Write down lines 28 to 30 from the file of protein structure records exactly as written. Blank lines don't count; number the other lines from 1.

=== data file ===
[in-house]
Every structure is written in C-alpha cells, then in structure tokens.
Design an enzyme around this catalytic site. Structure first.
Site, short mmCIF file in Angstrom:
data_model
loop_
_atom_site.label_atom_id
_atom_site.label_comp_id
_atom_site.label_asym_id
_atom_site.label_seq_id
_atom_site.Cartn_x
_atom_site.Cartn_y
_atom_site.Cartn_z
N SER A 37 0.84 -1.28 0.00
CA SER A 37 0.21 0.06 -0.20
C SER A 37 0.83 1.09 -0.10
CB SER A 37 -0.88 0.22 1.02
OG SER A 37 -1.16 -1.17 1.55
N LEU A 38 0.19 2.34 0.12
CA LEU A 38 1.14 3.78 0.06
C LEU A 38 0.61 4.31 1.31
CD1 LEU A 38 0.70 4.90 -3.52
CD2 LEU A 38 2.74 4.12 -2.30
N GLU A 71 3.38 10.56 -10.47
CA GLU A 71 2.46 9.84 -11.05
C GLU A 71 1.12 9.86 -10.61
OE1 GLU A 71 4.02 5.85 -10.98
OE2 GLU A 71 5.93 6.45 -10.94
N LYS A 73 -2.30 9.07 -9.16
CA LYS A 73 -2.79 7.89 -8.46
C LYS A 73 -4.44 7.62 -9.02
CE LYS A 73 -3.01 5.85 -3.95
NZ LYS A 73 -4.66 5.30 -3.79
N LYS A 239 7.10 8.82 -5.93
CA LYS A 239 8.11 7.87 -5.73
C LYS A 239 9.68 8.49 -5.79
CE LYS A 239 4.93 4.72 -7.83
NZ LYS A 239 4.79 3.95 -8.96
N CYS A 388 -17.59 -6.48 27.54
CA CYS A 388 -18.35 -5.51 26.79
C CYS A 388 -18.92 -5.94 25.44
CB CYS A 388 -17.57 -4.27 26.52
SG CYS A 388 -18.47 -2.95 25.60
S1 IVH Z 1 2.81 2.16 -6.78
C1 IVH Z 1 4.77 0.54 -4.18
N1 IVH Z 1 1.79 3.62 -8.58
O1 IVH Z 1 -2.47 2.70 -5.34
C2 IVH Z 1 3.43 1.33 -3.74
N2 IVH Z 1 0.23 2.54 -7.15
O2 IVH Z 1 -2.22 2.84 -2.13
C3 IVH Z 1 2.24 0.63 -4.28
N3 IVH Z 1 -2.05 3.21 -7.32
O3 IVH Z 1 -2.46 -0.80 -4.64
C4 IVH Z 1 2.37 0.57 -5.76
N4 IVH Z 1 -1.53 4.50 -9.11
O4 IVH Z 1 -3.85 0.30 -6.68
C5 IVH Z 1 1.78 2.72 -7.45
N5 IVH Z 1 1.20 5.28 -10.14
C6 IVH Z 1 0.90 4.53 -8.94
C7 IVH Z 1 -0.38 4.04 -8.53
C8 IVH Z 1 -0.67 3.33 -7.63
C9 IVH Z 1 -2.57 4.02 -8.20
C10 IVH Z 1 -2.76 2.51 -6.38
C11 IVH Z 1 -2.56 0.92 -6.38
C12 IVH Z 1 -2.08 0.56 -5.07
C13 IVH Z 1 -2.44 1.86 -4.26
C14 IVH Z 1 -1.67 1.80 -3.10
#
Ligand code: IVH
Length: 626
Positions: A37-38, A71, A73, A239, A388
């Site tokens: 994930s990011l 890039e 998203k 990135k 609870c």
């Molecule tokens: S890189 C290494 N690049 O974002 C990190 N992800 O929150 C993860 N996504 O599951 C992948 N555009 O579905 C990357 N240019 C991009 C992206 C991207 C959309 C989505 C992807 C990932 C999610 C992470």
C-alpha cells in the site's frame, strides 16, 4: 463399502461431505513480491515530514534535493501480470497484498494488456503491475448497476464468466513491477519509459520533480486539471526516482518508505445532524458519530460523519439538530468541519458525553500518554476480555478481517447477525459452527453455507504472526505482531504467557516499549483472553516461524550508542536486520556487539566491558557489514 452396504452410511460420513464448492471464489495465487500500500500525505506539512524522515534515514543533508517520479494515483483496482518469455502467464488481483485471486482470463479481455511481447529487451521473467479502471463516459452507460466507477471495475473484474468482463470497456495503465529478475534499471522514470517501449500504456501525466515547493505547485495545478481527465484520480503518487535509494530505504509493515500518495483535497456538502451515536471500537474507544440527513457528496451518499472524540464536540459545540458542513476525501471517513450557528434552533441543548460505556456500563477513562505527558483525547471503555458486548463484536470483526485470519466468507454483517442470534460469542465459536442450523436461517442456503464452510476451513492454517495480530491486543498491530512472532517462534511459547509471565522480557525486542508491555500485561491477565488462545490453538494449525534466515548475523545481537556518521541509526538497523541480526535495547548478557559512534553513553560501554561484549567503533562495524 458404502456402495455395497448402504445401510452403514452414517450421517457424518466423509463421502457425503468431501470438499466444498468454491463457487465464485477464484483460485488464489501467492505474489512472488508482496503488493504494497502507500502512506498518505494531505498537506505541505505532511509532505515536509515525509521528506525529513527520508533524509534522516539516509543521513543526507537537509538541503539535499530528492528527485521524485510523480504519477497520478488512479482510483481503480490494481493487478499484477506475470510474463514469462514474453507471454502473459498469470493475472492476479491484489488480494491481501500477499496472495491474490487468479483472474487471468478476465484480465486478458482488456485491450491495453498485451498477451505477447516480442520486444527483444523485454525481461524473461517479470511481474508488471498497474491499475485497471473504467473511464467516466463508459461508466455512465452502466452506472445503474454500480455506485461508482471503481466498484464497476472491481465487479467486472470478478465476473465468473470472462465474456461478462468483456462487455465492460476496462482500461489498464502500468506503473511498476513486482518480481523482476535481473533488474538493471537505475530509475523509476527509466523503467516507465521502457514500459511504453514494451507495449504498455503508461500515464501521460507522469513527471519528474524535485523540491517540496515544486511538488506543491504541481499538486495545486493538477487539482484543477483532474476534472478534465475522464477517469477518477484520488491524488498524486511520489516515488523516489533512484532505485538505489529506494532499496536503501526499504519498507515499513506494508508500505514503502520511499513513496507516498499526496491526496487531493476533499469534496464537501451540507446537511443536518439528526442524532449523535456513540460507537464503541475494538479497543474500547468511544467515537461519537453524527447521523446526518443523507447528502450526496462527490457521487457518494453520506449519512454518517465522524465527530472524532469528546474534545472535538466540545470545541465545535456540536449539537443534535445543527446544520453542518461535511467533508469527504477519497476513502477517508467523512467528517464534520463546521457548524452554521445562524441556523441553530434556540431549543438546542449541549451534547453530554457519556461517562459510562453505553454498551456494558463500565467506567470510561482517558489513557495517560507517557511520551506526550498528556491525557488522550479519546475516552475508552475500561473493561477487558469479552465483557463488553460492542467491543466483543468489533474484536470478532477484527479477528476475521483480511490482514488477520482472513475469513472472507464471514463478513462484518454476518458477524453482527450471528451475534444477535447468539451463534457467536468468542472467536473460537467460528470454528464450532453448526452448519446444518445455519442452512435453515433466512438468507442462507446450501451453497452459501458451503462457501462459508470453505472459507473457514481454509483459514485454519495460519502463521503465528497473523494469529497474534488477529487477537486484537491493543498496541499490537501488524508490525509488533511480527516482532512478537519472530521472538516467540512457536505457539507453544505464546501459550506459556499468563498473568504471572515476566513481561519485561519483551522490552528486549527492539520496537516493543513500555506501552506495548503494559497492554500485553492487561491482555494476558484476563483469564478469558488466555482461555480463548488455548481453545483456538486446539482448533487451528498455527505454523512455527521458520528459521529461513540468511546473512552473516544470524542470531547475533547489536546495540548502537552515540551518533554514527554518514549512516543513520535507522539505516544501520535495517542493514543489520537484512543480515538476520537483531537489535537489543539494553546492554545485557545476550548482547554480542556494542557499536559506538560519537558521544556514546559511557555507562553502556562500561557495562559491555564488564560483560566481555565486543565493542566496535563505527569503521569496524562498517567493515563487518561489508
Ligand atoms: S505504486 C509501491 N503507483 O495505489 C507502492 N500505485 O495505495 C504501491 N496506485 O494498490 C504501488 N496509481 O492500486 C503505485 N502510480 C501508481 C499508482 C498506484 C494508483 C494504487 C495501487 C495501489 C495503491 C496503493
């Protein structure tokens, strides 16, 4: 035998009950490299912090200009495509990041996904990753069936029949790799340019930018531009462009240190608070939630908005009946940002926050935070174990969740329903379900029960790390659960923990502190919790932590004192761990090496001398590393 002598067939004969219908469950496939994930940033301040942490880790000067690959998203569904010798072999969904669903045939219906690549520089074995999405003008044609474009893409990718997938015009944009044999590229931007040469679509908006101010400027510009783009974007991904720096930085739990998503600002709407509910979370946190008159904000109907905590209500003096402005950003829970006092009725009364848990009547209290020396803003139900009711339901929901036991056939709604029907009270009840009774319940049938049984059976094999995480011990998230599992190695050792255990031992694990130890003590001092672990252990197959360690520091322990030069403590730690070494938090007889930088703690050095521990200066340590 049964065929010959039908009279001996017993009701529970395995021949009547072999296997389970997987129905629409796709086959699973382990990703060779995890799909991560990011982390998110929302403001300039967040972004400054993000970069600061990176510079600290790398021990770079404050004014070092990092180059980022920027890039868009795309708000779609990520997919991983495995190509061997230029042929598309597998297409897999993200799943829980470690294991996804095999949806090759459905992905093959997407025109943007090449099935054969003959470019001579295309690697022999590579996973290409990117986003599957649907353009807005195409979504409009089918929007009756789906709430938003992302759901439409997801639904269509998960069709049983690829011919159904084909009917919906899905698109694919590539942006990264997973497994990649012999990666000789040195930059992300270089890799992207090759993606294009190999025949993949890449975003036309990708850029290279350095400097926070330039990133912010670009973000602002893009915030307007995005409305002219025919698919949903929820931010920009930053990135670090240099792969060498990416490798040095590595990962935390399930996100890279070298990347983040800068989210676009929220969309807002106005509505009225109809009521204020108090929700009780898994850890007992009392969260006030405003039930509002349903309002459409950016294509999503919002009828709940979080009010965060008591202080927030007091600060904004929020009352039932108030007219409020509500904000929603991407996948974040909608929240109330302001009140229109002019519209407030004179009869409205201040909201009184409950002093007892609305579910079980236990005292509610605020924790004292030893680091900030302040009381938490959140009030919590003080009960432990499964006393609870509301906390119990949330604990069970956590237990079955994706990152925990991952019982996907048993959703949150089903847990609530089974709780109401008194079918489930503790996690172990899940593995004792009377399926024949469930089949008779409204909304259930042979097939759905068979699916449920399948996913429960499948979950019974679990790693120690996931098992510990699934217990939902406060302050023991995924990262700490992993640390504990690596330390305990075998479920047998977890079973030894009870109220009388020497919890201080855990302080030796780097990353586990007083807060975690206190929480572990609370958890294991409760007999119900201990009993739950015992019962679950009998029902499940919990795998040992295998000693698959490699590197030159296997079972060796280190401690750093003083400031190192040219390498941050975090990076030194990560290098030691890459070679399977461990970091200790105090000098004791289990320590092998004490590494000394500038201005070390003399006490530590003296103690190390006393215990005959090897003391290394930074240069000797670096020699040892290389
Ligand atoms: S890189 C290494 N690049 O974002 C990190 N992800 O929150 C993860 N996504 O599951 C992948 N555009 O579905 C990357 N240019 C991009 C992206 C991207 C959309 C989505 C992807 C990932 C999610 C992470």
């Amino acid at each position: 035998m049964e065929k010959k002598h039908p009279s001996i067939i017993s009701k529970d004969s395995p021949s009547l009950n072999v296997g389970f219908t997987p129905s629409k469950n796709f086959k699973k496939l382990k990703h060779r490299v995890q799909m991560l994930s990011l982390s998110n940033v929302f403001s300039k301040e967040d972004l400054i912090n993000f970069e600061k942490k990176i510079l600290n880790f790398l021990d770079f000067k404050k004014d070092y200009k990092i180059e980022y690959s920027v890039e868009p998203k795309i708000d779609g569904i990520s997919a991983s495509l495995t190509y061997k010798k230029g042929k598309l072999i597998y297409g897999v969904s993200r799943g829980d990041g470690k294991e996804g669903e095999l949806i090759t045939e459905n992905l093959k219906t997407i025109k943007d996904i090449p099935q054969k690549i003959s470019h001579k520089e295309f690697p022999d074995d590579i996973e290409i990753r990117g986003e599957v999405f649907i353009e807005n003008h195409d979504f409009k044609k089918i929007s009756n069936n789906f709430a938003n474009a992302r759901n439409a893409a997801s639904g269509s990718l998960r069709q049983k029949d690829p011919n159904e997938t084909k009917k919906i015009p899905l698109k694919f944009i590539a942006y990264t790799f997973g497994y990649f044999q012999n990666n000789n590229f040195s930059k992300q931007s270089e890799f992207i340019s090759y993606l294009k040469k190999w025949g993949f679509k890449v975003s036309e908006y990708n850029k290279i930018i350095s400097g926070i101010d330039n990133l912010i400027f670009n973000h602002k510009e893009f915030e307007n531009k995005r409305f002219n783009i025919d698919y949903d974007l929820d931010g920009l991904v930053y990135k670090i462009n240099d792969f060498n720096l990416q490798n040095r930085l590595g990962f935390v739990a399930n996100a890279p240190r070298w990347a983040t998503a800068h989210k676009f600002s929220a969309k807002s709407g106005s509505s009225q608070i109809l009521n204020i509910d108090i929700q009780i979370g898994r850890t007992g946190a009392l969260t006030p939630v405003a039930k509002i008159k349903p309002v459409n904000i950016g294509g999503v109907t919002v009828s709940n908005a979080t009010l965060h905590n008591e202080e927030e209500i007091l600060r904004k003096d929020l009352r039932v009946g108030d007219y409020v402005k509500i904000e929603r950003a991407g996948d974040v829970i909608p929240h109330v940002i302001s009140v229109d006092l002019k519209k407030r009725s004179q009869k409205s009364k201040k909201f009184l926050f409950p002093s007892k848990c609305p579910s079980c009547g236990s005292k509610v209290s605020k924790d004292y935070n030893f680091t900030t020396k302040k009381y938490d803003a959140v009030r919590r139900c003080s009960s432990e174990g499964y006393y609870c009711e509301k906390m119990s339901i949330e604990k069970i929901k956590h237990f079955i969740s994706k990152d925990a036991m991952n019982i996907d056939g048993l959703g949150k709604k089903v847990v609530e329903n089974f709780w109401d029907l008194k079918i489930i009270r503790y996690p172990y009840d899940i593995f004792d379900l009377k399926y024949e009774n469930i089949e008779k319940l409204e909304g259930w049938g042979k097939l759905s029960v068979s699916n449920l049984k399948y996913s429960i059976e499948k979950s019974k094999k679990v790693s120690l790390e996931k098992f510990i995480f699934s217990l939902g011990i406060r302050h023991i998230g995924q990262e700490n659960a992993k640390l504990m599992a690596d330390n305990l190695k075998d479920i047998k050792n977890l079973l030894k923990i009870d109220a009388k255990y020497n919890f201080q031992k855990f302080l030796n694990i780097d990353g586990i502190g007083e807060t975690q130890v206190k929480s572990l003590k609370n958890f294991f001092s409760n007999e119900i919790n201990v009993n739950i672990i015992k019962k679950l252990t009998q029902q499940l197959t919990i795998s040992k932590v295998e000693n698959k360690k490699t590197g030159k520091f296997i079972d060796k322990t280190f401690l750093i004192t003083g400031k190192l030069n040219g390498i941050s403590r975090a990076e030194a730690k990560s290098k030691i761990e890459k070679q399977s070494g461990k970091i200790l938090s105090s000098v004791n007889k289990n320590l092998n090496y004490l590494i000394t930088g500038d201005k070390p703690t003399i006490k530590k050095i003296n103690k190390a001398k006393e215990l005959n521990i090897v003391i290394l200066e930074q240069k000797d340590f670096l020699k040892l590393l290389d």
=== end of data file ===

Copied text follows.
OE2 GLU A 71 5.93 6.45 -10.94
N LYS A 73 -2.30 9.07 -9.16
CA LYS A 73 -2.79 7.89 -8.46